HAMPSHIRE police have launched a new campaign to cut the number of crashes caused by drivers using their mobile phone at the wheel.

Officers are among the first in the UK to use a new detector which can tell when people are holding their phones while driving.

The equipment pinpoints how many motorists on a particular stretch of road are not using a hands-free device, enabling police to target hotspots.

It comes after several fatal incidents involving drivers on the phone at the time of the collision or just beforehand.

In 2016 a lorry driver who caused an accident in which two men were killed on the M271 near Southampton was jailed for six years.

Keith Mees, 49, of Newall, Derbyshire, ploughed into stationary traffic after using his mobile to access Facebook. A car containing Marian Olteanu, 35, and Ion Calin, 42, both from Southampton, was crushed between two HGVs. A third person was seriously hurt.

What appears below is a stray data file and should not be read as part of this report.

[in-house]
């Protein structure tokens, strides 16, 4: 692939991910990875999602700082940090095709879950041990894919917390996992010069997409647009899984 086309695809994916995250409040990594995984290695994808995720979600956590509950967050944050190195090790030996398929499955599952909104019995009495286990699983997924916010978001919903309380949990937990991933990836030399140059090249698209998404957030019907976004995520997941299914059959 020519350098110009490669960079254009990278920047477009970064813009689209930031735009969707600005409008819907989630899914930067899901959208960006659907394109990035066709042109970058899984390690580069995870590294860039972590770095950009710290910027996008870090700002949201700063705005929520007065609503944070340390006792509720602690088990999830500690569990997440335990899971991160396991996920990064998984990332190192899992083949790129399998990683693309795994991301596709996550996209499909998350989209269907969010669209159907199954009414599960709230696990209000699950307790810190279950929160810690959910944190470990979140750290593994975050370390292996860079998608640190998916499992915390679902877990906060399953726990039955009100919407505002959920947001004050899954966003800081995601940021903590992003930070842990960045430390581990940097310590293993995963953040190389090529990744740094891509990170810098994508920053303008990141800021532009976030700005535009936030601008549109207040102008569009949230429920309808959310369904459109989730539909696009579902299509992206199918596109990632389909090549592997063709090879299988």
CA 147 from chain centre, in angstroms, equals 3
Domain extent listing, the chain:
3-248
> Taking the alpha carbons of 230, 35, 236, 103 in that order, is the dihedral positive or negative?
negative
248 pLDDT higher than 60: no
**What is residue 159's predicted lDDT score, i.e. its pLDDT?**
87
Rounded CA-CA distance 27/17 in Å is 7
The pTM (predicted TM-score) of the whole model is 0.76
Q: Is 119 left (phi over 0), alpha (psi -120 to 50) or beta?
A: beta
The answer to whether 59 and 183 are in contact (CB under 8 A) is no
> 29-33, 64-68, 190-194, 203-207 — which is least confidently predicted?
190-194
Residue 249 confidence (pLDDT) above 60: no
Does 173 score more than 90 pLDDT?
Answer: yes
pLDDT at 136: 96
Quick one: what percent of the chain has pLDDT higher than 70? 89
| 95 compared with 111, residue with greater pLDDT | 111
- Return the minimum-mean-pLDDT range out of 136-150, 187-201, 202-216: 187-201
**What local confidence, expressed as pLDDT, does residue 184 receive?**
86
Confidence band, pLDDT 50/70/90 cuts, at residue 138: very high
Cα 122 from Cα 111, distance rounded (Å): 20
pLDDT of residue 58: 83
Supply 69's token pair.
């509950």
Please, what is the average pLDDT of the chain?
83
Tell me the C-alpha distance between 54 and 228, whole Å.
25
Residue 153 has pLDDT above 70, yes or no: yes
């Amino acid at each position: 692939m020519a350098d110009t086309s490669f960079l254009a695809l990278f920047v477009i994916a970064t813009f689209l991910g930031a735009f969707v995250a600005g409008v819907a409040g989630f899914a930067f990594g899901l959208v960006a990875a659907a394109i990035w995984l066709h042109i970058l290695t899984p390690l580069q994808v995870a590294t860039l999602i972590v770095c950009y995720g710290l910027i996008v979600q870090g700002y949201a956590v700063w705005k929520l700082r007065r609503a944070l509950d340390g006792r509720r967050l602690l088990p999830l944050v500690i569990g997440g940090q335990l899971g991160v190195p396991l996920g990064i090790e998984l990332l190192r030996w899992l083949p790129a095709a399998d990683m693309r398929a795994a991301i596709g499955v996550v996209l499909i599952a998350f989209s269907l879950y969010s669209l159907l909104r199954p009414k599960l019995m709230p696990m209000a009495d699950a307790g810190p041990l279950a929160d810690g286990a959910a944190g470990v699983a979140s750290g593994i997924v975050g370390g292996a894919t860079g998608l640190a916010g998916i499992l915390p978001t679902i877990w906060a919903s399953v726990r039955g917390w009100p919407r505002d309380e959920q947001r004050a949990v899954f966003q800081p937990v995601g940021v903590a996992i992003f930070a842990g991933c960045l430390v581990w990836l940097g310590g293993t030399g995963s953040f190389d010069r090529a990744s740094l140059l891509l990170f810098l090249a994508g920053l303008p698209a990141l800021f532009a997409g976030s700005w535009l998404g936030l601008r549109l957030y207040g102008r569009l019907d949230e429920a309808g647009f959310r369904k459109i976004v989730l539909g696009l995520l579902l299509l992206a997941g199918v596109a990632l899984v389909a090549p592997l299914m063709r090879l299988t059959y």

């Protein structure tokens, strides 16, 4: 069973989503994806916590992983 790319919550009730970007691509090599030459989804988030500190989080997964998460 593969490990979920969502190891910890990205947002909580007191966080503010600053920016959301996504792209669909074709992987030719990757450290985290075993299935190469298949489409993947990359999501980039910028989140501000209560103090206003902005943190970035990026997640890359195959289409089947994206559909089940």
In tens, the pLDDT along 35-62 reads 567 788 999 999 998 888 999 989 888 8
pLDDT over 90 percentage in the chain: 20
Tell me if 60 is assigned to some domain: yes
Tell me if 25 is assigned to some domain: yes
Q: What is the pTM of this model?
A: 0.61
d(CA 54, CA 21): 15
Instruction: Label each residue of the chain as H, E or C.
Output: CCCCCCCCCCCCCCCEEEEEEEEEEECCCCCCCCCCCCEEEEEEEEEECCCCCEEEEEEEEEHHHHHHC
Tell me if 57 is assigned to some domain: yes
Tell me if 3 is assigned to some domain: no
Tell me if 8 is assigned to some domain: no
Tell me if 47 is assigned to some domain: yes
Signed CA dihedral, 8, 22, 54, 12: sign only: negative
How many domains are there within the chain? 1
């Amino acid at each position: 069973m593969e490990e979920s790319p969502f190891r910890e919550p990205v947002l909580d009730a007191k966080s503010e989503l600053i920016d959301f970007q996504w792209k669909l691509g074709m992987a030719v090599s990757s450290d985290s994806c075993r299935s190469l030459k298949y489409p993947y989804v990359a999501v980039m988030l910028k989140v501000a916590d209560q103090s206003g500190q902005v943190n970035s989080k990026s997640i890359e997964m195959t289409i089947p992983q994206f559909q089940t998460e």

Mees admitted two offences of causing death by dangerous driving and one of causing serious injury by dangerous driving.

Judge Nicholas Rowland told him: “You were distracted for 20 seconds when you should have been paying attention to the road. You touched the screen four seconds before the collision.”

The new equipment will be used by police in Hampshire and Thames Valley force and is already monitoring the A34 in Oxfordshire.

Police say the roadside device can tell when a driver is using his or her mobile phone without Bluetooth.

As well as pinpointing the number of offenders it also flashes a mobile phone symbol at each culprit’s car in a bid to persuade them to obey the law.

People caught using their mobile phone at the wheel can be banned from driving and fined up to £1,000.

PC Liz Johnson said: “Research shows you’re four times more likely to crash if you are using a mobile phone whilst driving.”

The new technology has been developed by the Norfolk-based company Westcotec.